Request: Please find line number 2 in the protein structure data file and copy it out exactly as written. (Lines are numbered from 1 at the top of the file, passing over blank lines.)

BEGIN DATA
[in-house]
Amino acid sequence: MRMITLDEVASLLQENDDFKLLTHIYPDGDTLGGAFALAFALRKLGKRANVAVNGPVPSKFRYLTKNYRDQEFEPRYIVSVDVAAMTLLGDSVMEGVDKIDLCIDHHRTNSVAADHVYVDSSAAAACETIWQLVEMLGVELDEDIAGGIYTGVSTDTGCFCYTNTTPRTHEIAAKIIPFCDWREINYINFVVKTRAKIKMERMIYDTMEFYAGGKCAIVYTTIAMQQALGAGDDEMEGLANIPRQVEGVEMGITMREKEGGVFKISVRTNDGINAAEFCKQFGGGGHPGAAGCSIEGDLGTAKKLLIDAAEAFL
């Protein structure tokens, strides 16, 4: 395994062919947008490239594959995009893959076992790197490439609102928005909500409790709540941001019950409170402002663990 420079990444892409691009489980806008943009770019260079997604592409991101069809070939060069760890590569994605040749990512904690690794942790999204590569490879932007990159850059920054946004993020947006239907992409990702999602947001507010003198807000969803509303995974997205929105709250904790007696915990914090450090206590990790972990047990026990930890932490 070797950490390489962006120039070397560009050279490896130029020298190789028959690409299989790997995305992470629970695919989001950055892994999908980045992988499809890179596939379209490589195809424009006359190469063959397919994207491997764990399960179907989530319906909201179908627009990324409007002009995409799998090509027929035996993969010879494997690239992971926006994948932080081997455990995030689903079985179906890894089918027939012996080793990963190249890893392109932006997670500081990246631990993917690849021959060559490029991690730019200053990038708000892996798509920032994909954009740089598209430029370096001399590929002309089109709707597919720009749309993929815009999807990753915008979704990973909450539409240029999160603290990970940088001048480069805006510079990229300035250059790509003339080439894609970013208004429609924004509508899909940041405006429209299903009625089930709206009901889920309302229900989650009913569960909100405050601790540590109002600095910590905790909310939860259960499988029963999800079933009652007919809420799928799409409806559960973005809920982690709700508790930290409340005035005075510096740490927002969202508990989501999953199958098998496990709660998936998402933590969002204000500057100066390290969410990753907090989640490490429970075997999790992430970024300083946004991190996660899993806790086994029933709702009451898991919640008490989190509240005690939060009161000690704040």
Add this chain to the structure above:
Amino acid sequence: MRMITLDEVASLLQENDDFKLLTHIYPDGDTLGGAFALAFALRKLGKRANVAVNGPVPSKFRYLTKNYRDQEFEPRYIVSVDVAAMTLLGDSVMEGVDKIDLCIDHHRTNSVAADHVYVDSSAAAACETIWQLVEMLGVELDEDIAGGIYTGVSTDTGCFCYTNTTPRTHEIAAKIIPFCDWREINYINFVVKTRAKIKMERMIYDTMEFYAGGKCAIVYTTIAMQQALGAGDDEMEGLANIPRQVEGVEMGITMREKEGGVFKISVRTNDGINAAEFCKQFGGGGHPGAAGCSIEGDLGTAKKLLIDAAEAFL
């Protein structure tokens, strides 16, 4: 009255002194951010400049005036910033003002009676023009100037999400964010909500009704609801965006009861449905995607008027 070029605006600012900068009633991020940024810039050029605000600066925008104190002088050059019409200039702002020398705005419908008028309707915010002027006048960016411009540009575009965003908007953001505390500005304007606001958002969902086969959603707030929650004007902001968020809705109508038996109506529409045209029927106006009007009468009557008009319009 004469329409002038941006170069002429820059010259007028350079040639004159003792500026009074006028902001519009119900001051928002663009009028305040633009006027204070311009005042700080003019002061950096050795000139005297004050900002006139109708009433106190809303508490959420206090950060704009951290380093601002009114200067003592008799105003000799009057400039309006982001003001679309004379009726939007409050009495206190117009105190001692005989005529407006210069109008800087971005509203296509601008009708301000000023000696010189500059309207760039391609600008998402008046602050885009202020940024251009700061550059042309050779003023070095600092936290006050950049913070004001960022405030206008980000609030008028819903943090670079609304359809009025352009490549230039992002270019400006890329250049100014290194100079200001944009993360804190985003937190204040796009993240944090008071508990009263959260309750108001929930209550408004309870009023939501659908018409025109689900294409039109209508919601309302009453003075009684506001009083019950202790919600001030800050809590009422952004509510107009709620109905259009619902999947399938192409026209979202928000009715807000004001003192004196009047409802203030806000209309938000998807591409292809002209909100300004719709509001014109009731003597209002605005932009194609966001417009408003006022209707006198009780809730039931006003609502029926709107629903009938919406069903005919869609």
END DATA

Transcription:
Amino acid sequence: MRMITLDEVASLLQENDDFKLLTHIYPDGDTLGGAFALAFALRKLGKRANVAVNGPVPSKFRYLTKNYRDQEFEPRYIVSVDVAAMTLLGDSVMEGVDKIDLCIDHHRTNSVAADHVYVDSSAAAACETIWQLVEMLGVELDEDIAGGIYTGVSTDTGCFCYTNTTPRTHEIAAKIIPFCDWREINYINFVVKTRAKIKMERMIYDTMEFYAGGKCAIVYTTIAMQQALGAGDDEMEGLANIPRQVEGVEMGITMREKEGGVFKISVRTNDGINAAEFCKQFGGGGHPGAAGCSIEGDLGTAKKLLIDAAEAFL